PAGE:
A Greek legend about the crocus details the love affair of Crocus and Smilax, and explains the plant’s vivid color. Crocus, a handsome and virile man, fell in love with a nymph named Smilax. During a brief period of idyllic love and passion, Smilax, flattered by his amorous advances, was under the spell of his devotion. But soon Smilax, became bored by Crocus’ attentions. After he continued to pursue her against her wishes and became obsessed with with her, Smilax bewitched him, transforming Crocus into a saffron crocus flower. With its bright orange stigmas, it is said this remains a symbol of Crocus’s undying passion and eternal flame of love for Smilax
Saffron was considered a luxury for the nobility historically. Kings, queens, pharaohs and monks wore saffron perfumes, donned saffron-dyed robes, ate aromatic saffron dishes and enjoyed drinks infused with saffron. They also bathed in saffron water for healing wounds. As prelude to romance, as it was noted to be quite the aphrodisiac. They also slept comfortably in beds donned with saffron threads, and prayed to their gods with saffron. Saffron crocus is the krakom indicated in the Bible in Solomon’s Song of Songs. It is krokus in the writings of several Greek authors such as Hippocrates, Sophocles and Homer. Ovid, Virgil and other Roman poets also made saffron the star in their poems. Iran’s famous poet Ferdowi mentioned in his poems the use of saffron in triumphant celebrations. Kashmiri poet and Mohammed Yusuf Teng pointed out that cultivation of saffron had long been mentioned in Kashmiri Tantric Hindu epics in the past.
The trade for saffron also became very lucrative. Egyptians, Romans, Arabs, Europeans and Asians engaged in this trade, and saffron came to be widely distributed in these times, by trade, and by smuggling. During the pandemic Black Death (Bubonic Plague) in the 14th century in Europe, saffron played a very significant role in trade history. Regulations had to be made to ensure equity in market prices and purity of the shipments. The Safranschou code was established and fraud was deemed punishable by fines, imprisonment, and death by fire. Oh my.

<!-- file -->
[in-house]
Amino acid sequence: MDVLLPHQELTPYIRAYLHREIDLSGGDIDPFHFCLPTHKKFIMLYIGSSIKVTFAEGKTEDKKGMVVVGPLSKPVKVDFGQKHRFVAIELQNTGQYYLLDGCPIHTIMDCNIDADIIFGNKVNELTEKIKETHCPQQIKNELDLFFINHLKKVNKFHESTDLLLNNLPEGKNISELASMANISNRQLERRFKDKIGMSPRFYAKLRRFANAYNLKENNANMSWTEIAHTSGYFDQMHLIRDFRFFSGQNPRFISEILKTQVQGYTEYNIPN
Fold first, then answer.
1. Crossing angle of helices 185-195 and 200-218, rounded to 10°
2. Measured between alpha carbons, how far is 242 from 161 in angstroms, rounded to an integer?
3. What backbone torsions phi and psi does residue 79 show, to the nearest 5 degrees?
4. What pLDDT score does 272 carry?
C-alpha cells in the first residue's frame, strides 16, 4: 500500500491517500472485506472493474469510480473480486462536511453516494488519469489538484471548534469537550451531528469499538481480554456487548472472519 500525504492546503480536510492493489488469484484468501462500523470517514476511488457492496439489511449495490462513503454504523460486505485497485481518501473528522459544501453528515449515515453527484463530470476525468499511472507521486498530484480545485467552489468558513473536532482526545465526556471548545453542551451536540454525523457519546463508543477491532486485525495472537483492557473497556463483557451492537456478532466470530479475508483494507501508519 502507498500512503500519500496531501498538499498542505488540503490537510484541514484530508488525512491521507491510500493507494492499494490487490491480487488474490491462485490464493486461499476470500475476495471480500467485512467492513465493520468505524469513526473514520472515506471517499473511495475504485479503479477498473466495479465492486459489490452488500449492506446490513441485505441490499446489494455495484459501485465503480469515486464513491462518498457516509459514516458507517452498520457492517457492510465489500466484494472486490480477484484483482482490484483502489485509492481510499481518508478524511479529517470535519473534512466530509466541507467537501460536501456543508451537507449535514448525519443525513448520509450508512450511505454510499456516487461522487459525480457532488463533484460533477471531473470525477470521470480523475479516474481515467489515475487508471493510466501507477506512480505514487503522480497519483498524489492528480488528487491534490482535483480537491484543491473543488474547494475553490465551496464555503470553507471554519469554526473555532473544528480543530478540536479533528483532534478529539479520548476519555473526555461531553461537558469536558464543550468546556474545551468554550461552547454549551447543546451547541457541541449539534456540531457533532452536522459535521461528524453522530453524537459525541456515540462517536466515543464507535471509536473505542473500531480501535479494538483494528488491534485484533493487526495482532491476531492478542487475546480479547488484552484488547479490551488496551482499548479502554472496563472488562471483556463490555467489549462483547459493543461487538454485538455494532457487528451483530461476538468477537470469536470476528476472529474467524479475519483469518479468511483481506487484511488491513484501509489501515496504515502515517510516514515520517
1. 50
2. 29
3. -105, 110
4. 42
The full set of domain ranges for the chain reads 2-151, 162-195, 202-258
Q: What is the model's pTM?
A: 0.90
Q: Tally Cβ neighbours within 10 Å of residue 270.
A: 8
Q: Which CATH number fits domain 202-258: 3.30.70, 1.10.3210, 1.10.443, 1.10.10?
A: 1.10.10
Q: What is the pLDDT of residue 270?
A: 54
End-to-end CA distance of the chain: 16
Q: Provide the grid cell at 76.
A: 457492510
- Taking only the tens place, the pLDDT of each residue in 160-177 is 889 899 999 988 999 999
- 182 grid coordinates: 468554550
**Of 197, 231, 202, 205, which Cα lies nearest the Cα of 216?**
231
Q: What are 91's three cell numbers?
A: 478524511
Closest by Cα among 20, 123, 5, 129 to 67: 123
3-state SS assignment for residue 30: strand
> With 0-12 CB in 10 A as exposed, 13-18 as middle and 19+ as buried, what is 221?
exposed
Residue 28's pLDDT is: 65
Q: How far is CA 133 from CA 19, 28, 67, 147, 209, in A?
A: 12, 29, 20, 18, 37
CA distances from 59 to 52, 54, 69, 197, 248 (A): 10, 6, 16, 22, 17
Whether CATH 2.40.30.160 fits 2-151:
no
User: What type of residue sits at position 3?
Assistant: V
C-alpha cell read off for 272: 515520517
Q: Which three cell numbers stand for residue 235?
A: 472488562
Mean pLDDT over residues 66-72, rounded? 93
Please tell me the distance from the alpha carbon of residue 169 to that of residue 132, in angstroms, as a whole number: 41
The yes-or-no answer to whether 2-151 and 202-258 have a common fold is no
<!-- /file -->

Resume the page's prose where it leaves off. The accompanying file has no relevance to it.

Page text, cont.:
To this day, saffron is used in various religious ceremonies. Tibetan Monks use it for prayer and blessing. Calligraphers have used saffron to write religious books such as the Koran.
The Medicinal Benefits of Saffron
Saffron’s chemistry is extraordinary. It contains over 150 volatile and aroma-yielding compounds. As a therapeutic ally, it is considered an excellent aid for stomach ailments, is antispasmodic, and helps digestion and increases appetite. It is also helps relieve renal colic, and reduces stomach aches and relieve emotional tension. During the last 20 years it has been used as a drug for flu-like infections, and as a sedative. It is also considered to be a reproductive and fertility tonic and in small quantities can help regulate a woman’s menstruation and aid in conception. Like it was thousands of years ago, saffron is still used to help reduce fevers, cramps and enlarged livers, and especially to calm nerves and ease depression. In the western world it is used primarily as a spice. But regular intake of this extraordinary herb for a period of time could help the body to build resistance against a lot of common diseases such as asthma as well as common colds and flu.